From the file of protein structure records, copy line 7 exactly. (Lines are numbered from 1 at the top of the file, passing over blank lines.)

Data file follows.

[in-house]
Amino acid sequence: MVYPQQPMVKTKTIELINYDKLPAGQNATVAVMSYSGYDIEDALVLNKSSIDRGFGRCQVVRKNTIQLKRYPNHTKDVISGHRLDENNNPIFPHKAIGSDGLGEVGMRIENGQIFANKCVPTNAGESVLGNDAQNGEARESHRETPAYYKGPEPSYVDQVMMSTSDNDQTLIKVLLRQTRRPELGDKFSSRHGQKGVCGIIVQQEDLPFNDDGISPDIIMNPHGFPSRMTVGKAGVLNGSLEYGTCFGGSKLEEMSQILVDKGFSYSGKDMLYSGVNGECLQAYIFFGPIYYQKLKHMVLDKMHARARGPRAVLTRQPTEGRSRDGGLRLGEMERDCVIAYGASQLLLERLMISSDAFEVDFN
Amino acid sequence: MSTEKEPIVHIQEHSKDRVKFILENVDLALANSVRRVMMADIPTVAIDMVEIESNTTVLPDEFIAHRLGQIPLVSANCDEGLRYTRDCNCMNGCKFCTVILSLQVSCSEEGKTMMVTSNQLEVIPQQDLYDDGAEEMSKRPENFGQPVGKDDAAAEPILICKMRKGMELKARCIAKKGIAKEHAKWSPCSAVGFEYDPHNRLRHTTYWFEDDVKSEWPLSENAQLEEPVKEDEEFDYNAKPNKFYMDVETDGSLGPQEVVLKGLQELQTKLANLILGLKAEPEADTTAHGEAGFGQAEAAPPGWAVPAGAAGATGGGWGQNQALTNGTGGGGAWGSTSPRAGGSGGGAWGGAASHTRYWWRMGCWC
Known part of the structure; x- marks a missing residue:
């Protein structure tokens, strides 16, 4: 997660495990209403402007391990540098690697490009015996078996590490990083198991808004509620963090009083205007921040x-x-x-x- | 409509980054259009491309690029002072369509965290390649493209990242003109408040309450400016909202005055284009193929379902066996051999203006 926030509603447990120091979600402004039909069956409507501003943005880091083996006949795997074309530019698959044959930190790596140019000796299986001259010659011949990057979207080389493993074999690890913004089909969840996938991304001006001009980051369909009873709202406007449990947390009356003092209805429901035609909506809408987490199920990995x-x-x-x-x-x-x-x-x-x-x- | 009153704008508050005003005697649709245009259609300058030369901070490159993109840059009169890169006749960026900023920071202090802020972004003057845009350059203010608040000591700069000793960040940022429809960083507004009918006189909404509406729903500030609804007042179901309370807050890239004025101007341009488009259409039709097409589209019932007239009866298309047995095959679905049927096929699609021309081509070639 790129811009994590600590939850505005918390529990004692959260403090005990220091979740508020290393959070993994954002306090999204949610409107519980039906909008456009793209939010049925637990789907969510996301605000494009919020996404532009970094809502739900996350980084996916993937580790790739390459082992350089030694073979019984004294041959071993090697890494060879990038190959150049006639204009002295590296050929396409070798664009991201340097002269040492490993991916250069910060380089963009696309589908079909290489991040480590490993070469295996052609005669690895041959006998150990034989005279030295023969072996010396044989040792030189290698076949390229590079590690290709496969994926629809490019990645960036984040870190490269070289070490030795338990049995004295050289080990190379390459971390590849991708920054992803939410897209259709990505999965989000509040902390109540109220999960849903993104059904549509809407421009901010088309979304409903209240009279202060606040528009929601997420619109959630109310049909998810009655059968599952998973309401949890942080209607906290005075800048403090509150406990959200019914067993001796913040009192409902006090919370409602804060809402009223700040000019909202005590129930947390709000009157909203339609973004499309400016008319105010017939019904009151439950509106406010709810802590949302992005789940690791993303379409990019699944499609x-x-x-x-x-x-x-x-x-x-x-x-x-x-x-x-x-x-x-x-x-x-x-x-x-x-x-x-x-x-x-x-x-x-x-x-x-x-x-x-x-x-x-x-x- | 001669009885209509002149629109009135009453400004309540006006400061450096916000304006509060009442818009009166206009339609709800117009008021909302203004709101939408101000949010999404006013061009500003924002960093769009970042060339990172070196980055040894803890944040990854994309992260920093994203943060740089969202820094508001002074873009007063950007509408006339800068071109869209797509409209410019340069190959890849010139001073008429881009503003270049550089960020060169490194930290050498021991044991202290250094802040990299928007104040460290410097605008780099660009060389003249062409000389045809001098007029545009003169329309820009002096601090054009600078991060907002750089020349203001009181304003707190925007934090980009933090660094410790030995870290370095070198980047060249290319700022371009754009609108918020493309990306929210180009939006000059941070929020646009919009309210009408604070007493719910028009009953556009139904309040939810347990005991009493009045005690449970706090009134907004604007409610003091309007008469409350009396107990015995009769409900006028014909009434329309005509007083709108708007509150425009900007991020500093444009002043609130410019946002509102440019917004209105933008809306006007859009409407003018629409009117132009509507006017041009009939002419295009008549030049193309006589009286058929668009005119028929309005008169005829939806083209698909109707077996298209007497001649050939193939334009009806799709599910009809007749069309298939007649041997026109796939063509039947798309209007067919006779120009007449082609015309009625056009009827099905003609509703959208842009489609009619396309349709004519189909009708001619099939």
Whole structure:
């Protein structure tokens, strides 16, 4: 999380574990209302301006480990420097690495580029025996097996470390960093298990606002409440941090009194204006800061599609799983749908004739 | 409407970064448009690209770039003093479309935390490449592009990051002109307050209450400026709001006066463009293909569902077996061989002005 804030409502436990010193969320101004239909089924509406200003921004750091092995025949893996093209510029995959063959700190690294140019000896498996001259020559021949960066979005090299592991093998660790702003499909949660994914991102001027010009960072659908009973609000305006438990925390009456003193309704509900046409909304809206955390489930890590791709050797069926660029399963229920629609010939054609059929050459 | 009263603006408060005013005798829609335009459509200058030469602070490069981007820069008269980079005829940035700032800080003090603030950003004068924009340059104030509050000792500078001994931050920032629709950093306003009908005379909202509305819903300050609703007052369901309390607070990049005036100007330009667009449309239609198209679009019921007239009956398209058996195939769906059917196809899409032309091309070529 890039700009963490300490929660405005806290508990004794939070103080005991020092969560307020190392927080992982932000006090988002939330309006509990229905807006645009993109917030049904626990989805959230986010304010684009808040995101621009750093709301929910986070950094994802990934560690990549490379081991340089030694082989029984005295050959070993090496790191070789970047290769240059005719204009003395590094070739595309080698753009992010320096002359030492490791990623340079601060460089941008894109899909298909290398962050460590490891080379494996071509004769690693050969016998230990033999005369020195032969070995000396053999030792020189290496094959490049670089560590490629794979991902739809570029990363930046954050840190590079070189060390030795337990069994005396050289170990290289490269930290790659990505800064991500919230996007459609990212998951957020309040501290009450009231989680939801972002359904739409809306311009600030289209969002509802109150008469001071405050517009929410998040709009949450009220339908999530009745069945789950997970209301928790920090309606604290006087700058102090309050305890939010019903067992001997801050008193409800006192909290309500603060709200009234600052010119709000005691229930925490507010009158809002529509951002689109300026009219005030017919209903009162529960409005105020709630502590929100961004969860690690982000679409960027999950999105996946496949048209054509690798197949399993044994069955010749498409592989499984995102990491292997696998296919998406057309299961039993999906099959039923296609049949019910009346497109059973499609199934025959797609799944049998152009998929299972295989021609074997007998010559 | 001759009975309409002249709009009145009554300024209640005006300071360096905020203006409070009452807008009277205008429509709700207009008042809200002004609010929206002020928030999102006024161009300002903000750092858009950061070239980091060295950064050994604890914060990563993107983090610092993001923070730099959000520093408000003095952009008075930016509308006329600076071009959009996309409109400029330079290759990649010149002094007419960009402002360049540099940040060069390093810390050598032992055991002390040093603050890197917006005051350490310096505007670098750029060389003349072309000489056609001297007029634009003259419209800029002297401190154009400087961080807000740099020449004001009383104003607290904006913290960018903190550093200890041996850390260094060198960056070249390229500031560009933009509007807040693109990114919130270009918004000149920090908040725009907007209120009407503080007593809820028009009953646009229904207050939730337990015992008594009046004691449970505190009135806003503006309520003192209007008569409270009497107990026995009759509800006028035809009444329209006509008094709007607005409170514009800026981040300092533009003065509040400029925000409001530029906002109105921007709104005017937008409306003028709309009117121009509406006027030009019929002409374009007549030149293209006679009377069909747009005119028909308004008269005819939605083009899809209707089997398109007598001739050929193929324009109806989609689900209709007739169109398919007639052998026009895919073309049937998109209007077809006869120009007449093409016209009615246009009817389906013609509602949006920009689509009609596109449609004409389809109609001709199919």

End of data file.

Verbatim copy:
């Protein structure tokens, strides 16, 4: 999380574990209302301006480990420097690495580029025996097996470390960093298990606002409440941090009194204006800061599609799983749908004739 | 409407970064448009690209770039003093479309935390490449592009990051002109307050209450400026709001006066463009293909569902077996061989002005 804030409502436990010193969320101004239909089924509406200003921004750091092995025949893996093209510029995959063959700190690294140019000896498996001259020559021949960066979005090299592991093998660790702003499909949660994914991102001027010009960072659908009973609000305006438990925390009456003193309704509900046409909304809206955390489930890590791709050797069926660029399963229920629609010939054609059929050459 | 009263603006408060005013005798829609335009459509200058030469602070490069981007820069008269980079005829940035700032800080003090603030950003004068924009340059104030509050000792500078001994931050920032629709950093306003009908005379909202509305819903300050609703007052369901309390607070990049005036100007330009667009449309239609198209679009019921007239009956398209058996195939769906059917196809899409032309091309070529 890039700009963490300490929660405005806290508990004794939070103080005991020092969560307020190392927080992982932000006090988002939330309006509990229905807006645009993109917030049904626990989805959230986010304010684009808040995101621009750093709301929910986070950094994802990934560690990549490379081991340089030694082989029984005295050959070993090496790191070789970047290769240059005719204009003395590094070739595309080698753009992010320096002359030492490791990623340079601060460089941008894109899909298909290398962050460590490891080379494996071509004769690693050969016998230990033999005369020195032969070995000396053999030792020189290496094959490049670089560590490629794979991902739809570029990363930046954050840190590079070189060390030795337990069994005396050289170990290289490269930290790659990505800064991500919230996007459609990212998951957020309040501290009450009231989680939801972002359904739409809306311009600030289209969002509802109150008469001071405050517009929410998040709009949450009220339908999530009745069945789950997970209301928790920090309606604290006087700058102090309050305890939010019903067992001997801050008193409800006192909290309500603060709200009234600052010119709000005691229930925490507010009158809002529509951002689109300026009219005030017919209903009162529960409005105020709630502590929100961004969860690690982000679409960027999950999105996946496949048209054509690798197949399993044994069955010749498409592989499984995102990491292997696998296919998406057309299961039993999906099959039923296609049949019910009346497109059973499609199934025959797609799944049998152009998929299972295989021609074997007998010559 | 001759009975309409002249709009009145009554300024209640005006300071360096905020203006409070009452807008009277205008429509709700207009008042809200002004609010929206002020928030999102006024161009300002903000750092858009950061070239980091060295950064050994604890914060990563993107983090610092993001923070730099959000520093408000003095952009008075930016509308006329600076071009959009996309409109400029330079290759990649010149002094007419960009402002360049540099940040060069390093810390050598032992055991002390040093603050890197917006005051350490310096505007670098750029060389003349072309000489056609001297007029634009003259419209800029002297401190154009400087961080807000740099020449004001009383104003607290904006913290960018903190550093200890041996850390260094060198960056070249390229500031560009933009509007807040693109990114919130270009918004000149920090908040725009907007209120009407503080007593809820028009009953646009229904207050939730337990015992008594009046004691449970505190009135806003503006309520003192209007008569409270009497107990026995009759509800006028035809009444329209006509008094709007607005409170514009800026981040300092533009003065509040400029925000409001530029906002109105921007709104005017937008409306003028709309009117121009509406006027030009019929002409374009007549030149293209006679009377069909747009005119028909308004008269005819939605083009899809209707089997398109007598001739050929193929324009109806989609689900209709007739169109398919007639052998026009895919073309049937998109209007077809006869120009007449093409016209009615246009009817389906013609509602949006920009689509009609596109449609004409389809109609001709199919």